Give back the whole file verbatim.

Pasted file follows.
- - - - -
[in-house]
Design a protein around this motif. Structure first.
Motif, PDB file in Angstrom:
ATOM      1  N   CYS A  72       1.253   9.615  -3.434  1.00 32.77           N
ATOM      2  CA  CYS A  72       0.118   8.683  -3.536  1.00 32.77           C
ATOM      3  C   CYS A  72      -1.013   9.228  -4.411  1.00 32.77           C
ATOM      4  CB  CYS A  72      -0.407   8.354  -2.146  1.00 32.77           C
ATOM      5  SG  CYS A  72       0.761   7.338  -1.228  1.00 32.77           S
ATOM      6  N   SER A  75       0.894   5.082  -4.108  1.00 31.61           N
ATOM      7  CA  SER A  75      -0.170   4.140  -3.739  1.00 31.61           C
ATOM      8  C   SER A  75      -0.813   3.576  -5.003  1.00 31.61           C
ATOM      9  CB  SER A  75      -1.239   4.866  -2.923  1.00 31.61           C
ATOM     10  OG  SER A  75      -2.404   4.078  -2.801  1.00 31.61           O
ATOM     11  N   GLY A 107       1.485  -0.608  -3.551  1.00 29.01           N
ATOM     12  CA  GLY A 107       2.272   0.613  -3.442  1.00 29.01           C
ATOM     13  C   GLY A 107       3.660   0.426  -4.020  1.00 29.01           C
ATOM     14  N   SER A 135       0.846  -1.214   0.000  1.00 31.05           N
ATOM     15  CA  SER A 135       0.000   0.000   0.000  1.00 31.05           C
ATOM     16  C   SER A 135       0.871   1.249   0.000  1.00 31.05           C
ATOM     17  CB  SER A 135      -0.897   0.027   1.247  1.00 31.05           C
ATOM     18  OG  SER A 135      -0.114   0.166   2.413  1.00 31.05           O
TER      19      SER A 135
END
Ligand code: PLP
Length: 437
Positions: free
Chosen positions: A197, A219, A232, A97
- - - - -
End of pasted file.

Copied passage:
[in-house]
Design a protein around this motif. Structure first.
Motif, PDB file in Angstrom:
ATOM      1  N   CYS A  72       1.253   9.615  -3.434  1.00 32.77           N
ATOM      2  CA  CYS A  72       0.118   8.683  -3.536  1.00 32.77           C
ATOM      3  C   CYS A  72      -1.013   9.228  -4.411  1.00 32.77           C
ATOM      4  CB  CYS A  72      -0.407   8.354  -2.146  1.00 32.77           C
ATOM      5  SG  CYS A  72       0.761   7.338  -1.228  1.00 32.77           S
ATOM      6  N   SER A  75       0.894   5.082  -4.108  1.00 31.61           N
ATOM      7  CA  SER A  75      -0.170   4.140  -3.739  1.00 31.61           C
ATOM      8  C   SER A  75      -0.813   3.576  -5.003  1.00 31.61           C
ATOM      9  CB  SER A  75      -1.239   4.866  -2.923  1.00 31.61           C
ATOM     10  OG  SER A  75      -2.404   4.078  -2.801  1.00 31.61           O
ATOM     11  N   GLY A 107       1.485  -0.608  -3.551  1.00 29.01           N
ATOM     12  CA  GLY A 107       2.272   0.613  -3.442  1.00 29.01           C
ATOM     13  C   GLY A 107       3.660   0.426  -4.020  1.00 29.01           C
ATOM     14  N   SER A 135       0.846  -1.214   0.000  1.00 31.05           N
ATOM     15  CA  SER A 135       0.000   0.000   0.000  1.00 31.05           C
ATOM     16  C   SER A 135       0.871   1.249   0.000  1.00 31.05           C
ATOM     17  CB  SER A 135      -0.897   0.027   1.247  1.00 31.05           C
ATOM     18  OG  SER A 135      -0.114   0.166   2.413  1.00 31.05           O
TER      19      SER A 135
END
Ligand code: PLP
Length: 437
Positions: free
Chosen positions: A197, A219, A232, A97